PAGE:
‘Radicalisation’ appears to be the current euphemism for ‘Brainwashing’. When the US soldier played by Laurence Harvey in ‘The Manchurian Candidate’ undergoes his conversation into a subconscious assassin at the hands of America’s enemies, the process is one firmly in the hands of the Chinese security services, one of the Dark Arts that was then the exclusive property of clandestine government agencies and something that required years to perfect the psychological techniques of. Today, the democratisation of technology has enabled such tactics to be transmitted across the world by untrained amateurs; the Global Village now has the online equivalent of the disturbing parochial customs often hidden beneath the surface of flesh-and-blood villages. Nobody involved in the genesis of the internet anticipated it would one day become the ultimate bedroom brainwashing tool, especially effective in seducing susceptible young Englishmen who feel they have no stake in the future of their actual country and fall back on some deluded romantic notion of a fabricated culture they have no direct experience of. Seeing oneself as a sabre-wielding Ottoman horseman is certainly a more appealing image than sitting behind a desk in a factory farm call-centre with a dozen redundant degrees to your name, even if this fantasy still means you’re merely Billy Liar with a beard.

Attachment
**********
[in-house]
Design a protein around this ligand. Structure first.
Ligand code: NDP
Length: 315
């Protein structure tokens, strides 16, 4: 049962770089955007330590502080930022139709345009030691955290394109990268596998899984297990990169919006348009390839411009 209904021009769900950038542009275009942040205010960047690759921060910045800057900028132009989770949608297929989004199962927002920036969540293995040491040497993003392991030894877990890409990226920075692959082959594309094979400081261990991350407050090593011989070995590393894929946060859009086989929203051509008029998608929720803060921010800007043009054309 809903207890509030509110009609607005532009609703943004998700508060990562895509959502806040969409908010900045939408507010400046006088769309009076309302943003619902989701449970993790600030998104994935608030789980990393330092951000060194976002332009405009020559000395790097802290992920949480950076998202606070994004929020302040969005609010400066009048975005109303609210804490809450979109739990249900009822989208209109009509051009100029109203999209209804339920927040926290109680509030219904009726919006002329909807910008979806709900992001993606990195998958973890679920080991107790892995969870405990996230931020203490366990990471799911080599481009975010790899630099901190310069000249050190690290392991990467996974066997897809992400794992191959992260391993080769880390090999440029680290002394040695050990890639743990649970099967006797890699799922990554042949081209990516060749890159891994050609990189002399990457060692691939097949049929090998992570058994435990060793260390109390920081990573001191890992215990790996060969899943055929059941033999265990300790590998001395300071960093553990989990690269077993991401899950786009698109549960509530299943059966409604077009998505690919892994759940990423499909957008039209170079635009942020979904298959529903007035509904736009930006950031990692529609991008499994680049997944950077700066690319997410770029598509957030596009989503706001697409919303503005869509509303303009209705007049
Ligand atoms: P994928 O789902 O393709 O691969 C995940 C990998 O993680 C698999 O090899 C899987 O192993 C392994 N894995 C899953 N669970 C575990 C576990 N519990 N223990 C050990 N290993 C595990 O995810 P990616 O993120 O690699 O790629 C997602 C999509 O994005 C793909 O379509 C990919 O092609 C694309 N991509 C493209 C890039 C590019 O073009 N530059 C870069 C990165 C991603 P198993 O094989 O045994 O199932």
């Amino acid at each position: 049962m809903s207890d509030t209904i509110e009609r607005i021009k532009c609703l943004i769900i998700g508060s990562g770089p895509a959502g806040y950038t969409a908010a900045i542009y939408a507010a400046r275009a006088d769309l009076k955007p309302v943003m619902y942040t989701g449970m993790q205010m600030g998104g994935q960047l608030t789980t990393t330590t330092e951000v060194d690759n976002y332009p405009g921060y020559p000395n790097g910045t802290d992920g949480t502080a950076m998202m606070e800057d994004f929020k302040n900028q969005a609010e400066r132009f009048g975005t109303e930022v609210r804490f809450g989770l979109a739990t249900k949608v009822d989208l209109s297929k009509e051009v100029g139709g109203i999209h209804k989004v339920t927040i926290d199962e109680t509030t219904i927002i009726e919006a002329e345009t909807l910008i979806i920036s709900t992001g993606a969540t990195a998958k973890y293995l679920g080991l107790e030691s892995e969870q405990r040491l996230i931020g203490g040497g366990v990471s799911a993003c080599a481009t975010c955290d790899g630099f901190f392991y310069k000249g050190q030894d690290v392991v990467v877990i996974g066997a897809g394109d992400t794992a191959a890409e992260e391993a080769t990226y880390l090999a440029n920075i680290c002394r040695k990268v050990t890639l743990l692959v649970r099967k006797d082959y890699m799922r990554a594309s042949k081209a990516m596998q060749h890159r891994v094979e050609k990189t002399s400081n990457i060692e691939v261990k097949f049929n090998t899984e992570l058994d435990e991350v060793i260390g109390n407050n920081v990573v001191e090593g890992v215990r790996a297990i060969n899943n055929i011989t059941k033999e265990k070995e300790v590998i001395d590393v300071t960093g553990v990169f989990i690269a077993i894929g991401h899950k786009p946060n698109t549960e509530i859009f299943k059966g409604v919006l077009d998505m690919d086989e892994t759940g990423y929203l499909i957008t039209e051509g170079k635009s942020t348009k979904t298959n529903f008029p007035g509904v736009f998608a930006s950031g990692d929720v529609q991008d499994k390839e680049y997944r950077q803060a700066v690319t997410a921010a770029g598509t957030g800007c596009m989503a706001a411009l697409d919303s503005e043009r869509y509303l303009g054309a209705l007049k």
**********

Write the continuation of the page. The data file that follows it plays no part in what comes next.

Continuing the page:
Since the awful events of July 7 2005, the British public have been repeatedly warned the repetition of such an atrocity is inevitable. As if to justify this warning, whichever government happens to be in power (and Blair was still reigning ten years ago) has come to the conclusion that the civil rights and legal liberties of the innocent have to curbed and cut back in order to keep them safe, essentially criminalising the majority for the crimes of a minority. It’s like being at school when the whole class is forced to stand with their hands on their heads because one solitary member of it drew a cock & balls on the blackboard.
I suppose the main difference between 2005 and today is the widening of the Jihadist industry sales pitch, no longer exclusively targeting the young and impressionable, but inviting mum, dad, granddad and granny to join the party as well; the recent case of a British Muslim family of every conceivable age voluntarily vanishing in Syria appears to underline this. And how ironic that the second-class status of the fairer sex has been upgraded in one explosive area; who says Radical Islam doesn’t value women? So, onwards, brothers and sisters! I don’t wanna a holiday in the sun; I just wanna go to the new Belsen.